On 8 August Vigour Events offered me the opportunity to put the Loch Earn demons that had been eating away at the back of my mind to rest. I had hesitated about entering their Length of Loch Earn event for weeks, but finally made up my mind and registered a week before. Things started ominously that morning with me oversleeping by an hour which meant a rush out of the door in record time. Fortunately everything improved once I arrived at Lochearnhead. The local community had opened their village hall for us, and even offered us a table filled with lots of yummy cakes to go with the tea and coffee they were serving. This allowed all the participants to socialise in a nice warm environment prior to us being bussed up the loch to St Fillans to start the swim. Here I met met a young guy up from Cardiff doing his first 10km, a Polish woman who lives in the Netherlands who does a 27km swim in Italy every year, a guy who drove 150 odd miles that morning from Aberdeen to be with us, along with old friends. The mood was good and as the bus drove up we pointed out the buoys that marked the route and we were really excited to spot the first wave swimmers in the water busy rounding the corner at Ardtrostan. After faffing about getting everything on in the case of wetsuit swimmers and off in the case of skin swimmers, we finally set off from St Fillans.
Officially Loch Earn is 10.4 km long (6.46 miles) which makes it the 18th longest loch in Scotland. Open water swimmers, unfortunately, do not have the sighting abilities of geographers measuring lochs, and from discussions afterwards it seems like some lucky swimmer registered only 10.7km on his smartwatch, while others went as high as 12.7km. My meandering route down Loch Earn measured 11.72km at the end. The water was lush - 13.3 degrees C at Lochearnhead side and 15 odd degrees at St Fillans and varying hugely in between. The water itself was just perfect - a full body experience that definitely did not disappoint unlike the previous swim. But, best of all was the safety support provided by Vigour Events in the form of lots of kayakers staying close to pods of swimmers, and a few speedboats that zipped up and down the loch to make sure that no swimmer was ever in danger from the other water users on the loch. What an amazing difference from my own self-assisted training swim a few weeks earlier! This time round I could simply switch off and just swim. Oddly, for me at least, as I swam that 2km section that caused me so much bother the previous time, I was a tad apprehensive and kept spotting landmarks that I used to motivate myself to keep going until I passed the bit where I got out. Swimming the 3km that I walked the previous time felt like a release of some sort and by the time I passed the fish farm, I knew my Loch Earn demons were no more.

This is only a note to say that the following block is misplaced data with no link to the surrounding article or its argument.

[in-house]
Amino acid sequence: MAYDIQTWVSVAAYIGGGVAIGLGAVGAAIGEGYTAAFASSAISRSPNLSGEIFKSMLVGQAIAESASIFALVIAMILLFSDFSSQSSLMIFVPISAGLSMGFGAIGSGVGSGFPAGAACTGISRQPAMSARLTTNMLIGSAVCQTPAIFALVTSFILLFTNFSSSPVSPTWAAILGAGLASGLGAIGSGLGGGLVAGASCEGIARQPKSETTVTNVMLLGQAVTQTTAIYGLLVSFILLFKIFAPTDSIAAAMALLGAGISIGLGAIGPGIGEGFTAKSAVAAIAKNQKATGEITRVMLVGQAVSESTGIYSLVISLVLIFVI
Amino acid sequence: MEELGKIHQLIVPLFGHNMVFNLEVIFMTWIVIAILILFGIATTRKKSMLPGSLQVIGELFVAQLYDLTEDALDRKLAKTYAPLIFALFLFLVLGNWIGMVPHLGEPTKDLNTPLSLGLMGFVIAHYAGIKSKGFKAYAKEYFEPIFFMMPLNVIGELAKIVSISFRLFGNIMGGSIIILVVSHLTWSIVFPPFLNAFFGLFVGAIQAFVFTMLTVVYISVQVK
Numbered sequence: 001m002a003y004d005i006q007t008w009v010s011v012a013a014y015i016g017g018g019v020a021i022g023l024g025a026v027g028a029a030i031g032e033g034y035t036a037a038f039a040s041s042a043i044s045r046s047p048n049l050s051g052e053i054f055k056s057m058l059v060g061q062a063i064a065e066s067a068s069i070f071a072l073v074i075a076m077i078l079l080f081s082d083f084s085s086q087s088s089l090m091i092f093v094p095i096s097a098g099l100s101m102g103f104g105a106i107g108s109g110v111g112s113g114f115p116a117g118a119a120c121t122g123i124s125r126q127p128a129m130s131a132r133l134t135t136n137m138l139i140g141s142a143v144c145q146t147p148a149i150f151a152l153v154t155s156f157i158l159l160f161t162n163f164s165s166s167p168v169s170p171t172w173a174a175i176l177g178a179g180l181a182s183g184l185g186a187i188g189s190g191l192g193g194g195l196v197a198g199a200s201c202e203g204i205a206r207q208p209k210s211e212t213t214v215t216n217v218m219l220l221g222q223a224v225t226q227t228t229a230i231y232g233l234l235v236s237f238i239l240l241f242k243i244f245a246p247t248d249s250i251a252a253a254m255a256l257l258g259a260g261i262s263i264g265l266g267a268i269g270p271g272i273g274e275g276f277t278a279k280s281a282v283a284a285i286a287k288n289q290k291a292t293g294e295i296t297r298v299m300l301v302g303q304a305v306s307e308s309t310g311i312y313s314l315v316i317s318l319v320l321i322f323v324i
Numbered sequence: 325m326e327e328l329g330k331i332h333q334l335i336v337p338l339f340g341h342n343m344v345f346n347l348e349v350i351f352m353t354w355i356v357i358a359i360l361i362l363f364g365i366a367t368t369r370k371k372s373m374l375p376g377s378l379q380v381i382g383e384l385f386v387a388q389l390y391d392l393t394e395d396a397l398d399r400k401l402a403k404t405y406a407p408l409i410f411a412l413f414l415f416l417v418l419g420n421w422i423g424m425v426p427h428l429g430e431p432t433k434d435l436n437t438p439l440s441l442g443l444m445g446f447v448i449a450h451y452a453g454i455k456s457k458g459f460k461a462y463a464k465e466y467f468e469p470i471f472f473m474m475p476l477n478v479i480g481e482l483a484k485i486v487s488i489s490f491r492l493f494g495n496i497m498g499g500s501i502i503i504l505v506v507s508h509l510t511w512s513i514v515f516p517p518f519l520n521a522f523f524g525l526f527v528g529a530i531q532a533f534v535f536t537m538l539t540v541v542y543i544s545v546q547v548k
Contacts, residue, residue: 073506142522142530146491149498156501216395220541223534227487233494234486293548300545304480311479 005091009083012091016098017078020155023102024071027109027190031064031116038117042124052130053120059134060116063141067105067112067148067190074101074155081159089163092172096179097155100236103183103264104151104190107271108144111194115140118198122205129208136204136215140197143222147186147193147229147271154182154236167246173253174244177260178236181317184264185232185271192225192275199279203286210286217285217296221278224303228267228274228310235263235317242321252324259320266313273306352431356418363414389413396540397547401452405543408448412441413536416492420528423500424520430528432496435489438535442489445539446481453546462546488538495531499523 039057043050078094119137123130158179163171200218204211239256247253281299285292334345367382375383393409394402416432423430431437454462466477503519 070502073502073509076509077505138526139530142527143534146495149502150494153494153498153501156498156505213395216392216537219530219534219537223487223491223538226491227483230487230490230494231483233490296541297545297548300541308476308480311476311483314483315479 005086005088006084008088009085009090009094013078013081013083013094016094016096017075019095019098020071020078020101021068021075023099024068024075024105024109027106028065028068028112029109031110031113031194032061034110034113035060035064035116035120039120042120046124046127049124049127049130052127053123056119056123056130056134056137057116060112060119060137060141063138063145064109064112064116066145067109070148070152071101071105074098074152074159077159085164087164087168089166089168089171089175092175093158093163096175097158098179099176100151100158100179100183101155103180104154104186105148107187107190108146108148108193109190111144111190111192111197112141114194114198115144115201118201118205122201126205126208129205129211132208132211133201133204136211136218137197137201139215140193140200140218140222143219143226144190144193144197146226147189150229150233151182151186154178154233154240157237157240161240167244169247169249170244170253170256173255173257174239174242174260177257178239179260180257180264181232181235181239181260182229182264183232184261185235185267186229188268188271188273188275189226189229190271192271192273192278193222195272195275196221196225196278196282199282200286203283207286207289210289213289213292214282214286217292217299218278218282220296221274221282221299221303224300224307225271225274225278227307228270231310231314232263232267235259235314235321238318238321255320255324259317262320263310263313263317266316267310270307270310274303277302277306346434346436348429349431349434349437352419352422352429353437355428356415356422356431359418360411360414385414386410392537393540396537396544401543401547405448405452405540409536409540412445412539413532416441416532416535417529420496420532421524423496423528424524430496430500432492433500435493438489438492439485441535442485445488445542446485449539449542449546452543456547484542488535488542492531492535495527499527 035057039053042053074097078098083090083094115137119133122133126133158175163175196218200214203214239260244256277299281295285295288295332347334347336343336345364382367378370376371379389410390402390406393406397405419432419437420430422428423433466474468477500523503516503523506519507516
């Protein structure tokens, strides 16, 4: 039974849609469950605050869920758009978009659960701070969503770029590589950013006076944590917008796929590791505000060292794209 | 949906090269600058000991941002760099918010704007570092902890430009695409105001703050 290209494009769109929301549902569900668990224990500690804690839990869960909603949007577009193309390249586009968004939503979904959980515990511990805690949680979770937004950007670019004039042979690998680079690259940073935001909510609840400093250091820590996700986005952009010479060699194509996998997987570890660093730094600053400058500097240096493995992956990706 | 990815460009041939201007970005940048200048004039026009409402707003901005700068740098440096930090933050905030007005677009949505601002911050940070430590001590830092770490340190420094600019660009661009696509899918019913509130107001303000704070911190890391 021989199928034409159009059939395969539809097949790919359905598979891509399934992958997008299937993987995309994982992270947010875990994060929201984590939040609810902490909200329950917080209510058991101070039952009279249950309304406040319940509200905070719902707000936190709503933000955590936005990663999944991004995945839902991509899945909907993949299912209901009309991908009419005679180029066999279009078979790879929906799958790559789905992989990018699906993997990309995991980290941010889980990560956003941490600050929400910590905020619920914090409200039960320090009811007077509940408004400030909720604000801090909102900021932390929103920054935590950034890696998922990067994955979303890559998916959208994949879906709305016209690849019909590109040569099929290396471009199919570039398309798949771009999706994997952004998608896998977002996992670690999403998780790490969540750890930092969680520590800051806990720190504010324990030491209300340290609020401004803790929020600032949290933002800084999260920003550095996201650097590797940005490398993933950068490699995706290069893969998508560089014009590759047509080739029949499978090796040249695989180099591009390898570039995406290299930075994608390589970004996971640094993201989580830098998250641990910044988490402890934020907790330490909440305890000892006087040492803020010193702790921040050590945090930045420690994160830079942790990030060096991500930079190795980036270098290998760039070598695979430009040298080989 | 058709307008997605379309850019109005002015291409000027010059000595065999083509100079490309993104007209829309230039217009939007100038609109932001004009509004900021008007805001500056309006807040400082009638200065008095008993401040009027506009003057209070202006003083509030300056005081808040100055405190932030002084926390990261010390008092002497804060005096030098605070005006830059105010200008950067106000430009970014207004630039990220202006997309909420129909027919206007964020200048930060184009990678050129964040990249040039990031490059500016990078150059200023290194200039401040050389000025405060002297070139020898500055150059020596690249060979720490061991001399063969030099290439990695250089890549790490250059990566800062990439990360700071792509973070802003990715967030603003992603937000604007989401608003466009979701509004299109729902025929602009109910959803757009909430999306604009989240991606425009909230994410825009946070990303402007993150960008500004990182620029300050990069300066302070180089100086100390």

While I loved being back at Loch Earn that day and was really chuffed with what I did, I tip my hat to two swimmers in particular: my friend Laura Ormiston who did her first 10km swim (wow, wow and wow again!) and nailed it; and a guy called Joe who was up from London, had taken up swimming only in April as part of a radical health intervention, and he finished his first 10km in Scotland (which has that tad colder water than London!) today! How awesome is that?
Vigour’s Length of Loch Earn was a fab event. A swimmer really can be 100% certain that safety cover will be extensive and professional at a Vigour swimming event, and you know you can trust them with your life when you are in the water. This makes participating in their events a no brainer really….
Please note the weekday sessions are now finished as the reservoir has been drained for maintenance.